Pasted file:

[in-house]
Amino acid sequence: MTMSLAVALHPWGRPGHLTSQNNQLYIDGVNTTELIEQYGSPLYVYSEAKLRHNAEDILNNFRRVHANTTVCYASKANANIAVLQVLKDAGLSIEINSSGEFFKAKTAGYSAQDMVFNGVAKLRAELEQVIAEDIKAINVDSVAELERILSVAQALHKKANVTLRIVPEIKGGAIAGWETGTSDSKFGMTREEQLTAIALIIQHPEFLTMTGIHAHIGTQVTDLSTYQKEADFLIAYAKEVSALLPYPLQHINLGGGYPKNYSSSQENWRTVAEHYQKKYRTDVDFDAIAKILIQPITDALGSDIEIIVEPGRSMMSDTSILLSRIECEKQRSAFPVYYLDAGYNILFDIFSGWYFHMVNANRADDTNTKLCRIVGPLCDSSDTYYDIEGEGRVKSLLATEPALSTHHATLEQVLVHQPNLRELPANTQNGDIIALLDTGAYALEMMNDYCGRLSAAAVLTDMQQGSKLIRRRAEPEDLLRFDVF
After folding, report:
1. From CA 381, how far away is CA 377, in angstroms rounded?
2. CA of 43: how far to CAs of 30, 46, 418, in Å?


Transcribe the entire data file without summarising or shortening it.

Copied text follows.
[in-house]
Amino acid sequence: MTMSLAVALHPWGRPGHLTSQNNQLYIDGVNTTELIEQYGSPLYVYSEAKLRHNAEDILNNFRRVHANTTVCYASKANANIAVLQVLKDAGLSIEINSSGEFFKAKTAGYSAQDMVFNGVAKLRAELEQVIAEDIKAINVDSVAELERILSVAQALHKKANVTLRIVPEIKGGAIAGWETGTSDSKFGMTREEQLTAIALIIQHPEFLTMTGIHAHIGTQVTDLSTYQKEADFLIAYAKEVSALLPYPLQHINLGGGYPKNYSSSQENWRTVAEHYQKKYRTDVDFDAIAKILIQPITDALGSDIEIIVEPGRSMMSDTSILLSRIECEKQRSAFPVYYLDAGYNILFDIFSGWYFHMVNANRADDTNTKLCRIVGPLCDSSDTYYDIEGEGRVKSLLATEPALSTHHATLEQVLVHQPNLRELPANTQNGDIIALLDTGAYALEMMNDYCGRLSAAAVLTDMQQGSKLIRRRAEPEDLLRFDVF
After folding, report:
1. From CA 381, how far away is CA 377, in angstroms rounded?
2. CA of 43: how far to CAs of 30, 46, 418, in Å?